A pair of 5.3-mile-long railway tunnels were constructed through the Hallandsasen ridge in southern Sweden. The tunnels have a diameter of nearly 35 feet. A special challenge for the project is a section called the Mölleback zone. This zone consists of several subsections – some made up of clay and silt and others of fractured rock, gravel and clay. The fractured rock sections are characterized by high water flows – up to 230 gallons per minute – and pressures up to 12 bar. The whole Mölleback zone had to be frozen in order for the tunnel-boring machine (referred to as TBM or the mole) to be able to penetrate. Each tunnel required 16 freeze holes with a length of 330 feet, evenly spaced on a perimeter with a 26.4-foot diameter. Drilling was done in two main steps – steered drilling with a mud motor (6.8 in. OD) and installation of glass fiber casing (6.4 in. OD).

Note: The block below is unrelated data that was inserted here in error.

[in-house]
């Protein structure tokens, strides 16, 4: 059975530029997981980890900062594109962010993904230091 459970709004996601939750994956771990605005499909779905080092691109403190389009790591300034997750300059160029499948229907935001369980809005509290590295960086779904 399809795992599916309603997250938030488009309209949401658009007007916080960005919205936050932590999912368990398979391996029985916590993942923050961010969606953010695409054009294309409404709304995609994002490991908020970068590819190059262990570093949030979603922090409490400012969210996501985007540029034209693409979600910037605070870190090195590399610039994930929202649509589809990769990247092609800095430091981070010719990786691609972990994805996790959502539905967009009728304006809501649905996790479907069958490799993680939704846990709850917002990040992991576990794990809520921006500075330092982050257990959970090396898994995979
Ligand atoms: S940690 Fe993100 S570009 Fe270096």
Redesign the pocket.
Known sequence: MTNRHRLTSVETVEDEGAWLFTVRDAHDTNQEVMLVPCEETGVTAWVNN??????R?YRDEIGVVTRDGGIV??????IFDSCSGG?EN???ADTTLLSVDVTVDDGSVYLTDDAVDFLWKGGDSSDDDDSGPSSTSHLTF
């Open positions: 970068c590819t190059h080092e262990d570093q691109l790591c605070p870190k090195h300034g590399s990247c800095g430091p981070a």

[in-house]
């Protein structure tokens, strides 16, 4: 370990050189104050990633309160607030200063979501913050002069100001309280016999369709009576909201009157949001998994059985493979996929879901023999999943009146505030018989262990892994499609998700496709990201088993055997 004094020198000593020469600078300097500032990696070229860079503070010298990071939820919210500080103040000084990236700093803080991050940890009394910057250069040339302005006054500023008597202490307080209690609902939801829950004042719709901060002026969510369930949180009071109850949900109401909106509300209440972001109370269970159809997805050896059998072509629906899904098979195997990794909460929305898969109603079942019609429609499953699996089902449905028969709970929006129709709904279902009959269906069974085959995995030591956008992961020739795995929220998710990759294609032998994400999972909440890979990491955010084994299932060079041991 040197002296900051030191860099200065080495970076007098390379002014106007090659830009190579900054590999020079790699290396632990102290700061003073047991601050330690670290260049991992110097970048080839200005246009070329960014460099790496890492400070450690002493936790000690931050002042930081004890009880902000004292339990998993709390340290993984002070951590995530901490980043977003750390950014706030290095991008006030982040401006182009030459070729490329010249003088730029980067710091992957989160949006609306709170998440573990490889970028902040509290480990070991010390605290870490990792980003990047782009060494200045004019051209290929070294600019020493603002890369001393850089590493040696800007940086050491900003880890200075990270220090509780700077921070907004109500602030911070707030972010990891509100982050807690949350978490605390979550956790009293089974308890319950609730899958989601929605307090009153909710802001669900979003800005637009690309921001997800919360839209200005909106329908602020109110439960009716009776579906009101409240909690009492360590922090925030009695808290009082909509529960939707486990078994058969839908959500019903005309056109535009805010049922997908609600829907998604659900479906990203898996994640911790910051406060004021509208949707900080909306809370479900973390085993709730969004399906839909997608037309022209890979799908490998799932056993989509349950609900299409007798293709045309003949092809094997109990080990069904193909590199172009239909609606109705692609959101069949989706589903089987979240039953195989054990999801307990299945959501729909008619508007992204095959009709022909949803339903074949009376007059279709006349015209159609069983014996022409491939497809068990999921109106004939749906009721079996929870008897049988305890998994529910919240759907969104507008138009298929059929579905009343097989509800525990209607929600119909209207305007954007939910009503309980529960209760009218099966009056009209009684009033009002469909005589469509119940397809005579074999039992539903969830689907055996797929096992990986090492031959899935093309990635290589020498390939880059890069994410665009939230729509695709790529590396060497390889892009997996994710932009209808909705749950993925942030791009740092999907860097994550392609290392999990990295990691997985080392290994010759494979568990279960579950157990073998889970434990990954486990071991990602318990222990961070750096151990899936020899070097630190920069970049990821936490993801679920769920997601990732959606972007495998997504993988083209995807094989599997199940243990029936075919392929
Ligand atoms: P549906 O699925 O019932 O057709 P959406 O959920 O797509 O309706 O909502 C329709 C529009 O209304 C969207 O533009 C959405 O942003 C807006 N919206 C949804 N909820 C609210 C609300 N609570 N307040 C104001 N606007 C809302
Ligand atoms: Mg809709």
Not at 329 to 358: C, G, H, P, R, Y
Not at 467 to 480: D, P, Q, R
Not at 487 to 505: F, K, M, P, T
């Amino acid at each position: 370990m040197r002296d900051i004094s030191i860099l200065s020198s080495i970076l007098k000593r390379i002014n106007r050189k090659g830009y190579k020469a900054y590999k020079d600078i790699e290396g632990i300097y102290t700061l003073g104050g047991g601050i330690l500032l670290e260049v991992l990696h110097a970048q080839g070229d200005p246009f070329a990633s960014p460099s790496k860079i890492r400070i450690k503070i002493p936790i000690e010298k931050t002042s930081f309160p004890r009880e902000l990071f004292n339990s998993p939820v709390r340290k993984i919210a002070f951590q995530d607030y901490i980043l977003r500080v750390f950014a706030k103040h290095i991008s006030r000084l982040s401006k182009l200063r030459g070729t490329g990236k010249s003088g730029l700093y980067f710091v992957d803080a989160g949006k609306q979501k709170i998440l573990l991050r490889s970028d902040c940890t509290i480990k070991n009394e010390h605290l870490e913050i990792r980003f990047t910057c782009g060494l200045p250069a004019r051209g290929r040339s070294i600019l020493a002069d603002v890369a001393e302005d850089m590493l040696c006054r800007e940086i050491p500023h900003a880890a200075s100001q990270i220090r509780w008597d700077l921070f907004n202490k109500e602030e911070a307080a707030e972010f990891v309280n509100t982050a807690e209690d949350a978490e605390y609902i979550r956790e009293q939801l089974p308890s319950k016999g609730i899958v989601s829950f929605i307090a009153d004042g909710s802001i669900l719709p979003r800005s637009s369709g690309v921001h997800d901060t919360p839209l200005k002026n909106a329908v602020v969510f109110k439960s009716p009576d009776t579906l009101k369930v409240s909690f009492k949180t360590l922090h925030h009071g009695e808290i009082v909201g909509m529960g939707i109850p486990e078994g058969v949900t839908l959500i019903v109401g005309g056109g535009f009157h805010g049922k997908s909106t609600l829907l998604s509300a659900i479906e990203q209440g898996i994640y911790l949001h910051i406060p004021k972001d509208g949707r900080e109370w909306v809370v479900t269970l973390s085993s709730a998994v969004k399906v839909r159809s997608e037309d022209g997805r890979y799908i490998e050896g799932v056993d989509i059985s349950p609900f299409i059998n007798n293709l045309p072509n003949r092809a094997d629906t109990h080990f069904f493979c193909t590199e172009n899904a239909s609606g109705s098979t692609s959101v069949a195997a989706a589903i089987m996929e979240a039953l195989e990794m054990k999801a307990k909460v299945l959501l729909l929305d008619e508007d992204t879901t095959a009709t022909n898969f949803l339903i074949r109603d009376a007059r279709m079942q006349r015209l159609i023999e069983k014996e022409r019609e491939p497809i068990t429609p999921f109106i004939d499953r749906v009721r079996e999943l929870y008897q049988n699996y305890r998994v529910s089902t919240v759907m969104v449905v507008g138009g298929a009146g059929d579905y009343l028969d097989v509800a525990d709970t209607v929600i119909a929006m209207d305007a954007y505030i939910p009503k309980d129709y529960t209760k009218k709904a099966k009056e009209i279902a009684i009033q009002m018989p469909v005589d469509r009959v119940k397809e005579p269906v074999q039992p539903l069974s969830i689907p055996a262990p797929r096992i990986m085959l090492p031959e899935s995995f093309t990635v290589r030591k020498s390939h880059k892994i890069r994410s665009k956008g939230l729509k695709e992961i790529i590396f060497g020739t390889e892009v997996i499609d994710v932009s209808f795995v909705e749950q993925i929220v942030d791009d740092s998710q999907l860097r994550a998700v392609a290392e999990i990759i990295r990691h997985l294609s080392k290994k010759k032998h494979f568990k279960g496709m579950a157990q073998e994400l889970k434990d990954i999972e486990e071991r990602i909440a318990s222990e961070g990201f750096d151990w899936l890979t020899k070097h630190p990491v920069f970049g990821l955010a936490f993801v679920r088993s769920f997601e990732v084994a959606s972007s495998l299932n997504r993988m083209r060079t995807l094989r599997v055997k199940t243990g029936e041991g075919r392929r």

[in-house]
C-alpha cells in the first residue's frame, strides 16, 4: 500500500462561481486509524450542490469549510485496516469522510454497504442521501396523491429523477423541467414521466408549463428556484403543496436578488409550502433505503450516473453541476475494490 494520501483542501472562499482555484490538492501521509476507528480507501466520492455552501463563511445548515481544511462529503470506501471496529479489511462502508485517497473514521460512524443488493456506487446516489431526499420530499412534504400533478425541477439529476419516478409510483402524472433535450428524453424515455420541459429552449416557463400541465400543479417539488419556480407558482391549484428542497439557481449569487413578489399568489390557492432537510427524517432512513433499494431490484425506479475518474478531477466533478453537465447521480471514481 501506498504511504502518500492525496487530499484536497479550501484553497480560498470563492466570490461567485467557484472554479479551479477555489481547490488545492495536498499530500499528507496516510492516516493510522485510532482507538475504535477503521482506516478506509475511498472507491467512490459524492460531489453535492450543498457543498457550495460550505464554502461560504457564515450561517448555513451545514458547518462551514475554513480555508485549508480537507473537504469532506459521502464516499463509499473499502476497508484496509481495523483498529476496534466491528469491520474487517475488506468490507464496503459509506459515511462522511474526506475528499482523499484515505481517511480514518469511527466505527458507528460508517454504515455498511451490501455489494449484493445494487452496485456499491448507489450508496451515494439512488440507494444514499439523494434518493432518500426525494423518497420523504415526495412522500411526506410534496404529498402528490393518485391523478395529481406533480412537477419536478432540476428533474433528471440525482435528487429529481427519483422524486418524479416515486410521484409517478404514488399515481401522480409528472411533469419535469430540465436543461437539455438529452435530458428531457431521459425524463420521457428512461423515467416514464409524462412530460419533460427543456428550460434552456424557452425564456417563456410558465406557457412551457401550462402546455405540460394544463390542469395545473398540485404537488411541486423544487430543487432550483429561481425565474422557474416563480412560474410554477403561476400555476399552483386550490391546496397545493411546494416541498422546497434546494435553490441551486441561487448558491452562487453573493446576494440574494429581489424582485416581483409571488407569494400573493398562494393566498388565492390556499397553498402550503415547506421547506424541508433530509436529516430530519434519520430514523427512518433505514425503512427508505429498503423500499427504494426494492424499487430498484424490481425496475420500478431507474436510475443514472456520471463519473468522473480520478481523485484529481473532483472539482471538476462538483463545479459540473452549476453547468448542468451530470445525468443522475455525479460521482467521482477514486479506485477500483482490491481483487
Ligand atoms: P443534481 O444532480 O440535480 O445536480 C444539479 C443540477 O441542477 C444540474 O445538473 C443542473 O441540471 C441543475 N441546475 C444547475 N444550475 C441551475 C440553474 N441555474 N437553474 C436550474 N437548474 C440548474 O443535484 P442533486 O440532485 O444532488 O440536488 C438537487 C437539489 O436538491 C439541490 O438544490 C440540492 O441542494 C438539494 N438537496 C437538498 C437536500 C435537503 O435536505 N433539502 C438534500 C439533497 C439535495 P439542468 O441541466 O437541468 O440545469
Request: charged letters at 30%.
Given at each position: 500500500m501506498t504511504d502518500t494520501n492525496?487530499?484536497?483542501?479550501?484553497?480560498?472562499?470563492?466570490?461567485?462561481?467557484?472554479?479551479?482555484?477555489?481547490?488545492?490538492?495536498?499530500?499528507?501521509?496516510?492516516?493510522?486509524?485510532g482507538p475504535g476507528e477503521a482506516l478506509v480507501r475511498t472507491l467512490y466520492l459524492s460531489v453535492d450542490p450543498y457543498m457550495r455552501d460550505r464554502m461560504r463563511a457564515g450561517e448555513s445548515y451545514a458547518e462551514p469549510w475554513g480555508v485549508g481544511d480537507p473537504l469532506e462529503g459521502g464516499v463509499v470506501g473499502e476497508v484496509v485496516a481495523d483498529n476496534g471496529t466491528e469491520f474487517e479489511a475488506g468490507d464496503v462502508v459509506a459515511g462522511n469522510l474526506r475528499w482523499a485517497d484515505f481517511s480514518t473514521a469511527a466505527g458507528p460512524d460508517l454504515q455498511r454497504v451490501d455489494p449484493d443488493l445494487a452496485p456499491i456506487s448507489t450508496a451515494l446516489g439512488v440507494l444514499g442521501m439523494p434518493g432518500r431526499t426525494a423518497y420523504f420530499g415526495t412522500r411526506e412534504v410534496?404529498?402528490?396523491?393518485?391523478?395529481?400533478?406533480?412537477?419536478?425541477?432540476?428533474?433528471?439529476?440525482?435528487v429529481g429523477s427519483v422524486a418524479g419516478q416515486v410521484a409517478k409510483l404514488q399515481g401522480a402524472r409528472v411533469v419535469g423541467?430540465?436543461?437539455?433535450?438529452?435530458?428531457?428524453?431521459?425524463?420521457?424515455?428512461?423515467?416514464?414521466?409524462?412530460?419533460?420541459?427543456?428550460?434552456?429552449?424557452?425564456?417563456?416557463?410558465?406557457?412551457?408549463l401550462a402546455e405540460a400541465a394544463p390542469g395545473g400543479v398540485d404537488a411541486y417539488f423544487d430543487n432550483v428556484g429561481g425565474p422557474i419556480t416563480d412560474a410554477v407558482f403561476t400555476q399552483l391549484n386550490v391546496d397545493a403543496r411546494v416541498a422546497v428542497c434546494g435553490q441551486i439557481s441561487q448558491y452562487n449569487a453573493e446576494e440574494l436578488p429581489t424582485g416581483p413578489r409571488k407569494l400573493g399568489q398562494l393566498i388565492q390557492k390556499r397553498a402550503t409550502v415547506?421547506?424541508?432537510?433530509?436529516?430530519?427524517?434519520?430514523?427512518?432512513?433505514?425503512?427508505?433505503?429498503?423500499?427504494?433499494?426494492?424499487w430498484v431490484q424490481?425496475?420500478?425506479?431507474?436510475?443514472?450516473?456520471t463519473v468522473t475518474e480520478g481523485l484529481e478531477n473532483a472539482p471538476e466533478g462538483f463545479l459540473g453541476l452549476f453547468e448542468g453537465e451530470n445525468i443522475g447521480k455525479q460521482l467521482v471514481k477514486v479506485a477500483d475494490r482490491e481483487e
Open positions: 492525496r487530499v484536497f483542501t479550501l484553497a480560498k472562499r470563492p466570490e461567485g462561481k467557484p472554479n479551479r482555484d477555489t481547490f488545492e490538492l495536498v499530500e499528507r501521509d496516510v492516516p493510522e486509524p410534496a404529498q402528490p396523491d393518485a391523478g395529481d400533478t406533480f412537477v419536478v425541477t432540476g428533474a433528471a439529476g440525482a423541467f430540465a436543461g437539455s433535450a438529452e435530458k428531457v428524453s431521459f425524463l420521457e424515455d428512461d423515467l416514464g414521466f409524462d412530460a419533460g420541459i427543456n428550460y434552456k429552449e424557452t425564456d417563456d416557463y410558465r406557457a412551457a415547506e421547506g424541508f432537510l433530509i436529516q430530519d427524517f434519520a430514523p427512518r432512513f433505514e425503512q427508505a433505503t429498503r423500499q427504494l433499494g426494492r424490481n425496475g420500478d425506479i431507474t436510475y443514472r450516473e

Actually, before the steered drilling was done, a Wassara W80 hammer was used to drill three grout holes – more than 400 feet long – in each tunnel. This was necessary in order to stabilize the formation.